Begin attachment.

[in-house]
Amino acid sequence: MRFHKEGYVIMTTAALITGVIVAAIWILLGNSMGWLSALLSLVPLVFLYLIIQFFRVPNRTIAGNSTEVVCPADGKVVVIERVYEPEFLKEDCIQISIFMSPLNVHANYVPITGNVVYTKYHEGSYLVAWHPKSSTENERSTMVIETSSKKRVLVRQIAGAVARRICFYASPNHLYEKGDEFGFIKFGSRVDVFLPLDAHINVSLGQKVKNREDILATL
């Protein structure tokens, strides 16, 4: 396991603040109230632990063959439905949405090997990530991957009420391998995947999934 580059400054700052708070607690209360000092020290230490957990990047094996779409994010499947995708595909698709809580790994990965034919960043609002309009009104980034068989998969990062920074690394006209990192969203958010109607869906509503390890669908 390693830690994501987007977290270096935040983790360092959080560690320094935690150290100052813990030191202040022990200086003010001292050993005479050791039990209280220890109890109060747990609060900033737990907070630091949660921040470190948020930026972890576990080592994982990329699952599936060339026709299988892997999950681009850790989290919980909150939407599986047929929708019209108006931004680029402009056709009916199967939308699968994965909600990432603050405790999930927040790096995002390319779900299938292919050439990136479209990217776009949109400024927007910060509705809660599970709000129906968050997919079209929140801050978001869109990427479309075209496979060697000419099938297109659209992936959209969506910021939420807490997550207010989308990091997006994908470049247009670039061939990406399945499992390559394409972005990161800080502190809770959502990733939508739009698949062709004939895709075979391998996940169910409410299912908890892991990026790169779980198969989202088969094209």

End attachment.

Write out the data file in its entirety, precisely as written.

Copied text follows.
[in-house]
Amino acid sequence: MRFHKEGYVIMTTAALITGVIVAAIWILLGNSMGWLSALLSLVPLVFLYLIIQFFRVPNRTIAGNSTEVVCPADGKVVVIERVYEPEFLKEDCIQISIFMSPLNVHANYVPITGNVVYTKYHEGSYLVAWHPKSSTENERSTMVIETSSKKRVLVRQIAGAVARRICFYASPNHLYEKGDEFGFIKFGSRVDVFLPLDAHINVSLGQKVKNREDILATL
């Protein structure tokens, strides 16, 4: 396991603040109230632990063959439905949405090997990530991957009420391998995947999934 580059400054700052708070607690209360000092020290230490957990990047094996779409994010499947995708595909698709809580790994990965034919960043609002309009009104980034068989998969990062920074690394006209990192969203958010109607869906509503390890669908 390693830690994501987007977290270096935040983790360092959080560690320094935690150290100052813990030191202040022990200086003010001292050993005479050791039990209280220890109890109060747990609060900033737990907070630091949660921040470190948020930026972890576990080592994982990329699952599936060339026709299988892997999950681009850790989290919980909150939407599986047929929708019209108006931004680029402009056709009916199967939308699968994965909600990432603050405790999930927040790096995002390319779900299938292919050439990136479209990217776009949109400024927007910060509705809660599970709000129906968050997919079209929140801050978001869109990427479309075209496979060697000419099938297109659209992936959209969506910021939420807490997550207010989308990091997006994908470049247009670039061939990406399945499992390559394409972005990161800080502190809770959502990733939508739009698949062709004939895709075979391998996940169910409410299912908890892991990026790169779980198969989202088969094209």